The 1 minute demo is for the set up of MIDI Guitar 2 for stand-alone operation on Big Sur.

The 4 minute demo is for the set up on Big Sur, GarageBand (bundled software), and then another short video for ProLogic (which might actually be easier to configure and may be tested).

Otherwise, point the customer (or prospective customer) to someone who has done this already on Big Sur.

Otherwise, is all the functionality really tested and working?

It’s important to add that the videos posted on YouTube by the people who offer MIDI Guitar 2 are now obsolete, because those products are not the current products new customers will be using.

Whether Linux, MSFT, or Apple, they are onto newer hardware, operating systems, and DAWs.

So really, it is important to clean up the YouTube website, or at least include user’s videos with current technology-platforms.

Otherwise, that YouTube channel is looking like this is an abandoned product not keeping pace with the software industry. In that case, I recommend negotiating with Apple and selling the software for future integration into their product line.

My suggestion would be to follow the industry norm, and open source the code, and then charge a subscription for support. That way, if the product can’t be supported on a newly release platform, the open source community can port-bug fix-optimize for a new computing infrastructure release (M-series processors, new OS/drivers, and the sort).

That way the development community can keep pace with MSFT, Linux, Apple, etc., and the support team can get paid to offer a better-supported software product.

Just MHO, from watching the transformation of the software industry over the decades.

Open Source Business Model

If you establish an open source business model, then you might even find an Apple engineer willing to jump on a developer’s forum and show people how to optimize the code for new platforms.

Gee, that would be not unlike the Linux world, and even a bit to where MSFT is moving these days.

Standalone App Demo without Big Sur GarageBand Triggering

Ian posted a recent video demonstrating the polyphony limitations (3 notes or fewer) and the audible processing latency. But he didn’t show the configuration steps to use a guitar to trigger GarageBand ‘native’ instruments on Big Sur’s new GarageBand application.

He didn’t post a setup guide, which is needed.

it is certain that this video shows the limits of using Midi Guitar while playing the guitar… like a guitarist :wink:
The first thing to do before even trying to use Midi guitar with a GarageBand or any DAW or trying to play any MIDI instrument, is to firstly acquire the technique that allows the best signal detection for a clean and efficient conversion.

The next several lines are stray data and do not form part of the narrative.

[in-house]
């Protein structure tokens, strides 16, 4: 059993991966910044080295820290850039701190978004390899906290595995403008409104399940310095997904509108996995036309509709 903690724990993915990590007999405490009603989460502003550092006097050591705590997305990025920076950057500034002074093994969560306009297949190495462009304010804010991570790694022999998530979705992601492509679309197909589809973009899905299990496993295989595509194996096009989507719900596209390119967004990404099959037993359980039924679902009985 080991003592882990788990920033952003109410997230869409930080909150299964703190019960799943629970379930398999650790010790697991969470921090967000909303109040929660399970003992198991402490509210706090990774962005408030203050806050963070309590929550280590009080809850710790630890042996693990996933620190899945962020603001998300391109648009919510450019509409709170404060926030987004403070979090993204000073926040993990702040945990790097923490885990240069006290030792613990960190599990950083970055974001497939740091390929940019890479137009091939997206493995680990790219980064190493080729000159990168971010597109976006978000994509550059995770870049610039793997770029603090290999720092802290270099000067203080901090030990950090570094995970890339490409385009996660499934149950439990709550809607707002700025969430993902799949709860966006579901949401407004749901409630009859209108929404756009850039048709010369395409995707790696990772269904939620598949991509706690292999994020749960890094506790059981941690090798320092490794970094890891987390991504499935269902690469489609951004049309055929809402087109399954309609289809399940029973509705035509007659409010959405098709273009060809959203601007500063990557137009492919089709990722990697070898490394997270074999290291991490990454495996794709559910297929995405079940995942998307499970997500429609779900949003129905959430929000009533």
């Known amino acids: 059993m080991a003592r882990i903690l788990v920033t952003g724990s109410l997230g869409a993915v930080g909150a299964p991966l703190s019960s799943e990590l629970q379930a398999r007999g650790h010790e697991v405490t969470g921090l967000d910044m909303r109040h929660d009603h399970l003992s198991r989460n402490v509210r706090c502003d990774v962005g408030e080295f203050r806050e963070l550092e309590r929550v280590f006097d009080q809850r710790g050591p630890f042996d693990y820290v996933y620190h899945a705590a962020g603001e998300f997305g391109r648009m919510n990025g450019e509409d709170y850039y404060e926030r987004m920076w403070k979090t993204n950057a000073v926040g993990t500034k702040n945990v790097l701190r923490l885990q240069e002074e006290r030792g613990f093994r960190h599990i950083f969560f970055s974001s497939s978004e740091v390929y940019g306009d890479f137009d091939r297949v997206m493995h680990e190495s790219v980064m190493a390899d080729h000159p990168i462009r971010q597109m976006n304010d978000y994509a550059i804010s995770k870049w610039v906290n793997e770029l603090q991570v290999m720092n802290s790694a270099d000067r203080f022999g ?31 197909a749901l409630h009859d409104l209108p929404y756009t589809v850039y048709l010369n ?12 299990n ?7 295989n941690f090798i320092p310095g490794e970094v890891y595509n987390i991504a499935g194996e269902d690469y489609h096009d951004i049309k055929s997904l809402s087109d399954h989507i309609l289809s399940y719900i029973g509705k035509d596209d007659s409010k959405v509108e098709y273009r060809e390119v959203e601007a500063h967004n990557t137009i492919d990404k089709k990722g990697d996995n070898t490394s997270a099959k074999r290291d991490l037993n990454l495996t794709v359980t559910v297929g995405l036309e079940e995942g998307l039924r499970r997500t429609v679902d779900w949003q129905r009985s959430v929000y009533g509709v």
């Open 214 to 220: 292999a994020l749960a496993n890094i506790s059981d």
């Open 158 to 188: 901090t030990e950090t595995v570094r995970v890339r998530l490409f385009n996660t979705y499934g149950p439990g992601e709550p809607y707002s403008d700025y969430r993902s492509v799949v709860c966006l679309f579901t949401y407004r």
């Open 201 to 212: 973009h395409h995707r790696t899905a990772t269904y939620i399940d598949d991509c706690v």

It is like a pianist who decides to start playing the organ or a double bass player who has never played with a bow: a different material means a different technique and approach.

So avoid what this boy is doing on the video: irregular and imprecise attacks, releasing notes while letting harmonics filter out, positioning the hand too close to the neck, bends, etc.
In fact, he has understood the challenge of getting the most out of MG2, as he himself acknowledges the difficulty in his last comment:
“In the end I just bought a midi keyboard. Although it was fun to use, it’s not as versatile as a keyboard for the sort of music I am recording at the moment, but I can still see myself buying this software at some stage…”

You may be familiar with the following video of Paul Bielatowicz replacing keyboardist Keith Emerson (Emerson Lake & Palmer) and playing Midi Guitar alongside Carl Palmer, it is s a good example of the mastery of the MIDI conversion technique and especially of the absence of latency essential to play this repertoire. It makes you realise that this software is extremely efficient and reliable.
ELP Legacy

There is also this video of a user who is well known on this forum and who shows the different possibilities of using MIDI instruments once you master the playing technique.
A 2021 MIDI Guitar 2.2.1 setup?

Personally, this is what makes me dream and wants to continue working with Midi Guitar.

As regards the software development and management policy, perhaps others can discuss this, because I am only interested in the musical and artistic side.

I’ve spent more time with the demo software, and I wonder if the per-string polyphony tracking might be improved with dedicating a thread (no unlike how six individual saddle-piezo pickups track only one string). Common 7th chords and other common jazz embellishments are often not tracking correctly.

I’m also trying different pickups and so far the under saddle acoustic pickups seem to do as well as if not substantially better than my Fender single coil pickups. I haven’t tried humbucking pickups yet.

Does anyone have recommendations for pickup types and a way to track the usual jazz standard embellished chords?